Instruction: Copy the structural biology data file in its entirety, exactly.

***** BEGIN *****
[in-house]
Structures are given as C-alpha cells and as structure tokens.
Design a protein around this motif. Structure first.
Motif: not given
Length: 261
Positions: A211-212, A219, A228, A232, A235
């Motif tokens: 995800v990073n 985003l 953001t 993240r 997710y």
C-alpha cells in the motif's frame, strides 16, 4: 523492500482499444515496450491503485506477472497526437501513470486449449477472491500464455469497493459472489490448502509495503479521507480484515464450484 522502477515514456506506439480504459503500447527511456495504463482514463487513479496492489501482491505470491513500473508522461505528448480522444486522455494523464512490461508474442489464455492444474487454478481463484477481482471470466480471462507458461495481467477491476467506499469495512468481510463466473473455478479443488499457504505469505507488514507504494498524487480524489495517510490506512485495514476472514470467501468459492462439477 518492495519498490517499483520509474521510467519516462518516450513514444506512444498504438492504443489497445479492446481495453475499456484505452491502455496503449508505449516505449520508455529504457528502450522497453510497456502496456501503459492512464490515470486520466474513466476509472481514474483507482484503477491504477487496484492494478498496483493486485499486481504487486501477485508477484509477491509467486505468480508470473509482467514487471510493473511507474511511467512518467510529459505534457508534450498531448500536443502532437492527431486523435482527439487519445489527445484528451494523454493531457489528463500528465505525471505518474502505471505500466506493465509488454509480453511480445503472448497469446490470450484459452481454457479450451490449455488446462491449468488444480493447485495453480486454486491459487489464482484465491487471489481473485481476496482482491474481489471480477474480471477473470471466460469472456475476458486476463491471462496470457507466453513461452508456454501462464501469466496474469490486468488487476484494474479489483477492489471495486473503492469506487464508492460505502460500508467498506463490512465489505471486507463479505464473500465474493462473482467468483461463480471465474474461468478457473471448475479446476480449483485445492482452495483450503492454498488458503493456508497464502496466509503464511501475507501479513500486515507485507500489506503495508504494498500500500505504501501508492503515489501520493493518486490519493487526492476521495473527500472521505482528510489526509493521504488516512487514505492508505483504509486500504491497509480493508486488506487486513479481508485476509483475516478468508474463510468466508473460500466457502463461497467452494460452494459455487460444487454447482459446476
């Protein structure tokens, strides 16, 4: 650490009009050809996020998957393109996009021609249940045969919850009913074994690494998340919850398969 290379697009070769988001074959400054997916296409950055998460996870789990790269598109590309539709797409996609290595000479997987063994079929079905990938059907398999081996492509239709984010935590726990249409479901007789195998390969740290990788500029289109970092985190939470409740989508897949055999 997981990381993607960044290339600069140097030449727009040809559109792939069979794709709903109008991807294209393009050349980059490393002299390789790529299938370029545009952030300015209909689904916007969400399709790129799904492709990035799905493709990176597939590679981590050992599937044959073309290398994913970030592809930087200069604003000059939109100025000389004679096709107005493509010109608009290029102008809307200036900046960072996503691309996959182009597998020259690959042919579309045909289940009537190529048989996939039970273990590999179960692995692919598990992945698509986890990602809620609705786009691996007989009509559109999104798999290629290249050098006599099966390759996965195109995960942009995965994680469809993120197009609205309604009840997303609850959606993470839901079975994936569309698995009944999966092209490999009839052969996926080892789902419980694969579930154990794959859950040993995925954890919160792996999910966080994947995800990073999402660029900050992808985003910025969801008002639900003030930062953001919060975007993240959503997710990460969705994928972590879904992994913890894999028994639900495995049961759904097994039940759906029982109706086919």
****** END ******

[in-house]
Structures are given as C-alpha cells and as structure tokens.
Design a protein around this motif. Structure first.
Motif: not given
Length: 261
Positions: A211-212, A219, A228, A232, A235
């Motif tokens: 995800v990073n 985003l 953001t 993240r 997710y």
C-alpha cells in the motif's frame, strides 16, 4: 523492500482499444515496450491503485506477472497526437501513470486449449477472491500464455469497493459472489490448502509495503479521507480484515464450484 522502477515514456506506439480504459503500447527511456495504463482514463487513479496492489501482491505470491513500473508522461505528448480522444486522455494523464512490461508474442489464455492444474487454478481463484477481482471470466480471462507458461495481467477491476467506499469495512468481510463466473473455478479443488499457504505469505507488514507504494498524487480524489495517510490506512485495514476472514470467501468459492462439477 518492495519498490517499483520509474521510467519516462518516450513514444506512444498504438492504443489497445479492446481495453475499456484505452491502455496503449508505449516505449520508455529504457528502450522497453510497456502496456501503459492512464490515470486520466474513466476509472481514474483507482484503477491504477487496484492494478498496483493486485499486481504487486501477485508477484509477491509467486505468480508470473509482467514487471510493473511507474511511467512518467510529459505534457508534450498531448500536443502532437492527431486523435482527439487519445489527445484528451494523454493531457489528463500528465505525471505518474502505471505500466506493465509488454509480453511480445503472448497469446490470450484459452481454457479450451490449455488446462491449468488444480493447485495453480486454486491459487489464482484465491487471489481473485481476496482482491474481489471480477474480471477473470471466460469472456475476458486476463491471462496470457507466453513461452508456454501462464501469466496474469490486468488487476484494474479489483477492489471495486473503492469506487464508492460505502460500508467498506463490512465489505471486507463479505464473500465474493462473482467468483461463480471465474474461468478457473471448475479446476480449483485445492482452495483450503492454498488458503493456508497464502496466509503464511501475507501479513500486515507485507500489506503495508504494498500500500505504501501508492503515489501520493493518486490519493487526492476521495473527500472521505482528510489526509493521504488516512487514505492508505483504509486500504491497509480493508486488506487486513479481508485476509483475516478468508474463510468466508473460500466457502463461497467452494460452494459455487460444487454447482459446476
């Protein structure tokens, strides 16, 4: 650490009009050809996020998957393109996009021609249940045969919850009913074994690494998340919850398969 290379697009070769988001074959400054997916296409950055998460996870789990790269598109590309539709797409996609290595000479997987063994079929079905990938059907398999081996492509239709984010935590726990249409479901007789195998390969740290990788500029289109970092985190939470409740989508897949055999 997981990381993607960044290339600069140097030449727009040809559109792939069979794709709903109008991807294209393009050349980059490393002299390789790529299938370029545009952030300015209909689904916007969400399709790129799904492709990035799905493709990176597939590679981590050992599937044959073309290398994913970030592809930087200069604003000059939109100025000389004679096709107005493509010109608009290029102008809307200036900046960072996503691309996959182009597998020259690959042919579309045909289940009537190529048989996939039970273990590999179960692995692919598990992945698509986890990602809620609705786009691996007989009509559109999104798999290629290249050098006599099966390759996965195109995960942009995965994680469809993120197009609205309604009840997303609850959606993470839901079975994936569309698995009944999966092209490999009839052969996926080892789902419980694969579930154990794959859950040993995925954890919160792996999910966080994947995800990073999402660029900050992808985003910025969801008002639900003030930062953001919060975007993240959503997710990460969705994928972590879904992994913890894999028994639900495995049961759904097994039940759906029982109706086919």